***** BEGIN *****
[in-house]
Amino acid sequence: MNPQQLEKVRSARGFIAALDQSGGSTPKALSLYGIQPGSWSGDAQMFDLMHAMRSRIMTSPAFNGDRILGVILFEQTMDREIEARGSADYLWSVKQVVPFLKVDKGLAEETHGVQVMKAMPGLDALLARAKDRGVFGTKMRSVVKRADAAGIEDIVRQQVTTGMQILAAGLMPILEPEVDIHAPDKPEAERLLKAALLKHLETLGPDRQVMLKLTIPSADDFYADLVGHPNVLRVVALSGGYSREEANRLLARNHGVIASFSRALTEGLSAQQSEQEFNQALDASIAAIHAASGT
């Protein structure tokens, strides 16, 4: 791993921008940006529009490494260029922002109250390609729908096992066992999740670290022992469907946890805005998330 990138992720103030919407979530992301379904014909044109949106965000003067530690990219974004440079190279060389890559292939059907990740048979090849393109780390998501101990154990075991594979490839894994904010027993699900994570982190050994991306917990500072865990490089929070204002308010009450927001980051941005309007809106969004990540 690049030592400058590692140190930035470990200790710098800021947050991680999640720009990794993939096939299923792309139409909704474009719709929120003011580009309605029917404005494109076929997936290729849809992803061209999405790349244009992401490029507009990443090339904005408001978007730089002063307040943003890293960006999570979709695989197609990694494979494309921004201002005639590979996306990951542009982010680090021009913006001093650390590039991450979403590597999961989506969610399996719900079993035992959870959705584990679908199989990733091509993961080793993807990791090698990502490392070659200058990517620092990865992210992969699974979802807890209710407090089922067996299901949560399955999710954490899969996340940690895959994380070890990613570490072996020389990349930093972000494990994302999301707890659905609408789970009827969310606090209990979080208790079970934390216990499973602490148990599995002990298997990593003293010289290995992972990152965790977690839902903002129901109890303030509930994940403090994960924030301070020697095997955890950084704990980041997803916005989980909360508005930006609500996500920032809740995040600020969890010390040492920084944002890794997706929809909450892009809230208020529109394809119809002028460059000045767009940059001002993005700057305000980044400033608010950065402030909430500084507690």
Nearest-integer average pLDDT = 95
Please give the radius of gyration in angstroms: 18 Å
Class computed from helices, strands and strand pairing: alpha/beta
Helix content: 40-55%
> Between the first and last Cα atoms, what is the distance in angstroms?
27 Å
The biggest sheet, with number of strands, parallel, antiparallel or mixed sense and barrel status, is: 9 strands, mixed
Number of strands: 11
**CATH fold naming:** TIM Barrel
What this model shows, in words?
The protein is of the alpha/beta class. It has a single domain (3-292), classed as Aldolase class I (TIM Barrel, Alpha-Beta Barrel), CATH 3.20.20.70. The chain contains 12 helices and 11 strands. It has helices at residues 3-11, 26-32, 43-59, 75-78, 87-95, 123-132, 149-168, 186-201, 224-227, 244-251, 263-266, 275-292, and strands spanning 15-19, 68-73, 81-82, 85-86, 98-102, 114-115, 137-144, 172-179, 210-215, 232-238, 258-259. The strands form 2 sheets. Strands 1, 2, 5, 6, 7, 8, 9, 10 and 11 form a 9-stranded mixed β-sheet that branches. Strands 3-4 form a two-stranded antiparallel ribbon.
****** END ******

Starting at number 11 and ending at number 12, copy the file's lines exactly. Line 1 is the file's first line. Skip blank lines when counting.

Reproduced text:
Number of strands: 11
**CATH fold naming:** TIM Barrel